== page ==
Saying “Like” All The Time Says Something Serious About A Person, And It Has Nothing To Do With Intelligence

Screen Shot 2014-06-12 at 10.23.29 AM

You know how your mom, like, totally keeps telling you to stop saying “like” because it makes you sound sort of stupid? You understand, because the addition of “like” to every sentence doesn’t exactly add anything. Unfortunately, ever since you saw “Clueless,” “like” has been an ingrained behavior. Like, I just can’t quit you.

Luckily, you can finally prove your mother, your professors, and everyone you’ve ever met who’s judged you for your like-ing wrong. For constant users of “like,” “you know,” and “I mean,” (i.e. sorority girls everywhere) there’s hope. While outsiders might think you’re from the Valley, which is a place you’ve never even been, the truth is, saying “like” just means you’re more thoughtful. New research says people who use filler speech are more conscientious. Science, y’all. In high school, it was a struggle and a half, but this is one scientific study that supports my lifestyle and me.

This research was published recently in The Journal of Language and Social Psychology. The researchers say that conscientious people are more thoughtful and aware of themselves and the people around them. They’ll use “I mean” and “you know” because they want to show that they’re really paying attention to the conversation. They’re being more thoughtful, whether they’re expressing their own feelings or restating yours. If someone says “like” a lot, it’s not only because she aspires to be Cher Horowitz–it’s because she’s thoughtful and careful with her words.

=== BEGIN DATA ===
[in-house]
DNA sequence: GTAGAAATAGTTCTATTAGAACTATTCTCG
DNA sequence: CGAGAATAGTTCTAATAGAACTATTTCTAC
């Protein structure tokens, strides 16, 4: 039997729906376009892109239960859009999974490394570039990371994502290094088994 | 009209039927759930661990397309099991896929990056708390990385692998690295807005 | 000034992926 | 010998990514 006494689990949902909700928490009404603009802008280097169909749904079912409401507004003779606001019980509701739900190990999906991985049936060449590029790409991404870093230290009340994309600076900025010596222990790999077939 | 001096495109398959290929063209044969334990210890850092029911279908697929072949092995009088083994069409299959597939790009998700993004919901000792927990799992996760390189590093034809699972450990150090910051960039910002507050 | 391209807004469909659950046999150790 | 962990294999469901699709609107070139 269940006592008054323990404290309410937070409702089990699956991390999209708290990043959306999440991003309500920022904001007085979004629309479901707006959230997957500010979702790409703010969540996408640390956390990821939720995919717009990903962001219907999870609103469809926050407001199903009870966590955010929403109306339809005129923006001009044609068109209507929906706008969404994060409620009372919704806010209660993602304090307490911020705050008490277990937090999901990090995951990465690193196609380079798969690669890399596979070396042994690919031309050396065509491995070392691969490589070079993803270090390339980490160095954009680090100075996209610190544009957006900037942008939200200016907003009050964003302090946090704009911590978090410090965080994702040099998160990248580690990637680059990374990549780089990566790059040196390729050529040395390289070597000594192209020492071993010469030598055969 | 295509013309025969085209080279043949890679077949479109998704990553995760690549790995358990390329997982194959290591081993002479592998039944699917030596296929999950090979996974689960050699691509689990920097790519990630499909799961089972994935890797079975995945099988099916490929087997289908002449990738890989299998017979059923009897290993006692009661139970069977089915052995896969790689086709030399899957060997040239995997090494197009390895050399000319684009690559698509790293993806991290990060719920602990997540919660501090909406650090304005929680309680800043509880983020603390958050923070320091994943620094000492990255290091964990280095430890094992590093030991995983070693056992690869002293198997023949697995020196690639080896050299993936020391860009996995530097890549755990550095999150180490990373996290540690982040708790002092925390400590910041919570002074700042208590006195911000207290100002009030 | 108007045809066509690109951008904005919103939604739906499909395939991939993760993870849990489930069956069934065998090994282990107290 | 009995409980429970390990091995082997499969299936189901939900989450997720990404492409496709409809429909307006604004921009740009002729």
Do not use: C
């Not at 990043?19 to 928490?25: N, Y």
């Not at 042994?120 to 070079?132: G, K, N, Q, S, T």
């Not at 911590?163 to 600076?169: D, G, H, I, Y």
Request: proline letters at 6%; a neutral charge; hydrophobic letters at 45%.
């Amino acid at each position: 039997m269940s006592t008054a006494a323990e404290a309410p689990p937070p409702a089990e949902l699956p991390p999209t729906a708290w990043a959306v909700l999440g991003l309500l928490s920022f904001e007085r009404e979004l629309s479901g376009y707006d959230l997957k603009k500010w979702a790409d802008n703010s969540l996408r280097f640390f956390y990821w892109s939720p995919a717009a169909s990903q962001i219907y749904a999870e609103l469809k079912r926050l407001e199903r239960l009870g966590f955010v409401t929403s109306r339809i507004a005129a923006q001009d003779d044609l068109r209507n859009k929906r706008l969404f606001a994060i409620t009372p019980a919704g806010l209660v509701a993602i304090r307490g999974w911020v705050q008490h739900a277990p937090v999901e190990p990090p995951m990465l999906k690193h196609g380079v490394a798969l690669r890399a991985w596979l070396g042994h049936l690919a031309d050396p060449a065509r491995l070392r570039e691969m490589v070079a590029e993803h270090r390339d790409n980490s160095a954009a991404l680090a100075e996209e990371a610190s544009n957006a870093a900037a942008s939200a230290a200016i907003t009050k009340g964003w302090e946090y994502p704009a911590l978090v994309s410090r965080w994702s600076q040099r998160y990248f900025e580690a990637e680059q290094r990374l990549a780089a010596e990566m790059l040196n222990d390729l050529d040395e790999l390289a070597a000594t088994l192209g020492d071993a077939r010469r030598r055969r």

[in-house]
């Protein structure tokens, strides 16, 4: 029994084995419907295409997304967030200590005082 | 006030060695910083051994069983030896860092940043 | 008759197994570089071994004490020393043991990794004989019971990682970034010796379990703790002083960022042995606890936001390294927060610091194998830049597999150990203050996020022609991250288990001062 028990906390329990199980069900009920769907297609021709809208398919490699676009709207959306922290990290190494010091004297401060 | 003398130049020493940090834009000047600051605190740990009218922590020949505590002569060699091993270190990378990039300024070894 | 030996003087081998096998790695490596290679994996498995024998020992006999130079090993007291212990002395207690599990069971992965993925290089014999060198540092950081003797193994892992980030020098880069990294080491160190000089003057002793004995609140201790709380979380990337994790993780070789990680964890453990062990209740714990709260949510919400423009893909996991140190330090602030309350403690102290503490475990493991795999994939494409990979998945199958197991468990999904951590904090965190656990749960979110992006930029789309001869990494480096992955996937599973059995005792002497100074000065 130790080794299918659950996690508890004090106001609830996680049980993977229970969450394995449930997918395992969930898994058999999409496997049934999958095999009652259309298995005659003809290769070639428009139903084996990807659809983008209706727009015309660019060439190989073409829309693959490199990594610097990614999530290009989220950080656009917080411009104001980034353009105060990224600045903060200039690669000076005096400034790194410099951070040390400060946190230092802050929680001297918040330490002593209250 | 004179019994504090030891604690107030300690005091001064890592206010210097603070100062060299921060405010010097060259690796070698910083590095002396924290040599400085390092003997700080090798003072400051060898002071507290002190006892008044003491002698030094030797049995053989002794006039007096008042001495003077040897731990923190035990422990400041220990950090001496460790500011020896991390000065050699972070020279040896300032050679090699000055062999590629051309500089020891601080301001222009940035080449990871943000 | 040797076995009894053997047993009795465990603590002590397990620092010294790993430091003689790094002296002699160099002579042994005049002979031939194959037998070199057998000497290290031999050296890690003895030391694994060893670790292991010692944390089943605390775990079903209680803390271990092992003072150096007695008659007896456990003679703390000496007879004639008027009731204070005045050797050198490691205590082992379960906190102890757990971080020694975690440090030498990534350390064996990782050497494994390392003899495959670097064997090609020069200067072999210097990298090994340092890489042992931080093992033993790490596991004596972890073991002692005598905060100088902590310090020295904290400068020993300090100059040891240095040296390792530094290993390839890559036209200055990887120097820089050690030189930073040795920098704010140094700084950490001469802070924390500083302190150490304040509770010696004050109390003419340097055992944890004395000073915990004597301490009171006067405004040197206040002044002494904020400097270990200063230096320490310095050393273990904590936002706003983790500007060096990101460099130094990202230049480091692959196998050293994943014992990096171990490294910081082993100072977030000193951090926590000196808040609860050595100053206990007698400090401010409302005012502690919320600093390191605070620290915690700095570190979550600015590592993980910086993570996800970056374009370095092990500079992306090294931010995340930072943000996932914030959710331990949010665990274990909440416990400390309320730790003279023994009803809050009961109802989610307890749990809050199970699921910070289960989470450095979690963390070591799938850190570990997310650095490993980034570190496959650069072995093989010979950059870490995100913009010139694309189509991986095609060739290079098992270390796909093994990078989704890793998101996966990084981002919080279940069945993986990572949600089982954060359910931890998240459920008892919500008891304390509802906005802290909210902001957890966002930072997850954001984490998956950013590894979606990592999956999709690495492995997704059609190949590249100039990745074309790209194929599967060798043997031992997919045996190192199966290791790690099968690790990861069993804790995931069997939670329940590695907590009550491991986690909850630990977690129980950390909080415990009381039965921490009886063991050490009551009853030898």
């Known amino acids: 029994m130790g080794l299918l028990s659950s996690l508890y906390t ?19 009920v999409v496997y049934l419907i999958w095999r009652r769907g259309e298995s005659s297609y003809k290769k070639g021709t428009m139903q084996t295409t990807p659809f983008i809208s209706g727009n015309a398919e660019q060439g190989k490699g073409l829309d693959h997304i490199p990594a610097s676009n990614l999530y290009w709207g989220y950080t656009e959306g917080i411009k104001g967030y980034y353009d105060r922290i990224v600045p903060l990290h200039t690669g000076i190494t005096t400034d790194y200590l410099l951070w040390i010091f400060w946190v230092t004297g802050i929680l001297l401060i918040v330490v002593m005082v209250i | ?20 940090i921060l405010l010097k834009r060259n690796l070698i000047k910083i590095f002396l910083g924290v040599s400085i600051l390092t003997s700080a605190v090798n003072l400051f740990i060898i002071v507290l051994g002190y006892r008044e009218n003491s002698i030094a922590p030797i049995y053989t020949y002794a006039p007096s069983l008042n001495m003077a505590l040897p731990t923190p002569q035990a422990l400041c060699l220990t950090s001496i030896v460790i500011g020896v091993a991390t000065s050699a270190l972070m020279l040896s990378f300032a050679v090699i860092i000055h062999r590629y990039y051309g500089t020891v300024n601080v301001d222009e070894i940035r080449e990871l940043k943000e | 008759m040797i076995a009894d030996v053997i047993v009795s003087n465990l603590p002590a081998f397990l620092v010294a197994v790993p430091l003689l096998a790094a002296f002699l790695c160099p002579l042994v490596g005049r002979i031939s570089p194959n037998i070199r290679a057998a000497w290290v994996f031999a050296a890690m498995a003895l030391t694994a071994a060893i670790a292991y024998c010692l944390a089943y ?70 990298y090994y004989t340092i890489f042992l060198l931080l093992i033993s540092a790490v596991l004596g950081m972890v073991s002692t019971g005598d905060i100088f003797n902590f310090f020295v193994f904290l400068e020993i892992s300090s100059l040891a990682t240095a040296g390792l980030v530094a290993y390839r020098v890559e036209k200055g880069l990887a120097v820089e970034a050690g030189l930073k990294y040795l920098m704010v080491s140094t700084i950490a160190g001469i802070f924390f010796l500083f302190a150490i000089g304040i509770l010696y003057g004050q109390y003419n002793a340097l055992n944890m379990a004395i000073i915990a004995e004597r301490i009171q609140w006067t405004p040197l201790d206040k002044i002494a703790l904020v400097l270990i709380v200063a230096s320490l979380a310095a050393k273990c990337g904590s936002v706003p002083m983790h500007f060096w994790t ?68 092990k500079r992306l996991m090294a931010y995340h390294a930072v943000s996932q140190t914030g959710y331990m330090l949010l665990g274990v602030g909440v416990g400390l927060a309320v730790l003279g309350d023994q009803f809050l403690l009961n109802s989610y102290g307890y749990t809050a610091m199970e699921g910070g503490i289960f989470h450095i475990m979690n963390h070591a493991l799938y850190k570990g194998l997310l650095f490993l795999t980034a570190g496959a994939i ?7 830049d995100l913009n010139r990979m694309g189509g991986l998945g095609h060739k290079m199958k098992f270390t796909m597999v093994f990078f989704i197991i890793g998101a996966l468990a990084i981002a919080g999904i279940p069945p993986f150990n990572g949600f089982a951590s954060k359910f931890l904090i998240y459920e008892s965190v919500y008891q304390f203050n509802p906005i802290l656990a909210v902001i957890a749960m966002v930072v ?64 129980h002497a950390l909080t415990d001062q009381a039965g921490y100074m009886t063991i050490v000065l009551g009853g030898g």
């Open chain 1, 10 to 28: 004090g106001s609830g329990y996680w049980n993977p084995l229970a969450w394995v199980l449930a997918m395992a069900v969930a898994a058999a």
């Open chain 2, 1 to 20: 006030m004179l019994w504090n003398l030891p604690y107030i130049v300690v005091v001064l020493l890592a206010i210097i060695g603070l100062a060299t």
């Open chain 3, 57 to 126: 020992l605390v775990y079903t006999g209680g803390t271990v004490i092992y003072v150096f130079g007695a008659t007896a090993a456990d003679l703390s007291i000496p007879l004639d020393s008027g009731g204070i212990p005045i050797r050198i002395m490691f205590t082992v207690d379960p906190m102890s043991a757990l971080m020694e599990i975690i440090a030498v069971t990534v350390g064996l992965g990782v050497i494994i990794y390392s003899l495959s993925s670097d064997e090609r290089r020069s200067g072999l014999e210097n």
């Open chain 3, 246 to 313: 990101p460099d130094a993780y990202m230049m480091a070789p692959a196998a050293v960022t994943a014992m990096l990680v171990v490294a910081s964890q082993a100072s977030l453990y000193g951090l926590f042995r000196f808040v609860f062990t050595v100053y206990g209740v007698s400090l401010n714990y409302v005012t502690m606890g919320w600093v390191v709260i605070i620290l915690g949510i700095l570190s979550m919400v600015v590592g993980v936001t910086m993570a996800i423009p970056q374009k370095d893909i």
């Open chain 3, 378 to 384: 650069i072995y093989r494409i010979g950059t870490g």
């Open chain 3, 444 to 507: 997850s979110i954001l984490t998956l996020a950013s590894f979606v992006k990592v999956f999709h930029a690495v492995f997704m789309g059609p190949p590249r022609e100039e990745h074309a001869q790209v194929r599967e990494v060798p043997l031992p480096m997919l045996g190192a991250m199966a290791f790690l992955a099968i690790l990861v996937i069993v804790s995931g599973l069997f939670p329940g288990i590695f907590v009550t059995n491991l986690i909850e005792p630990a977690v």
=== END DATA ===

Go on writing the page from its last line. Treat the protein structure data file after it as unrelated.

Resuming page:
[via NY Magazine]

Email this to a friend

Fleur de Lilly

Fleur de Lilly (@margaretabrams) is a contributing writer for Total Sorority Move and Post Grad Problems. When she's not corrupting her big's baby, she can be found decoding texts, gravitating towards raised surfaces, and spending time with her gentleman caller, Jack Daniels. She loves Lilly, Louisiana, and her lineage.

For More Photos and Videos

Latest podcasts

New Stories

Load More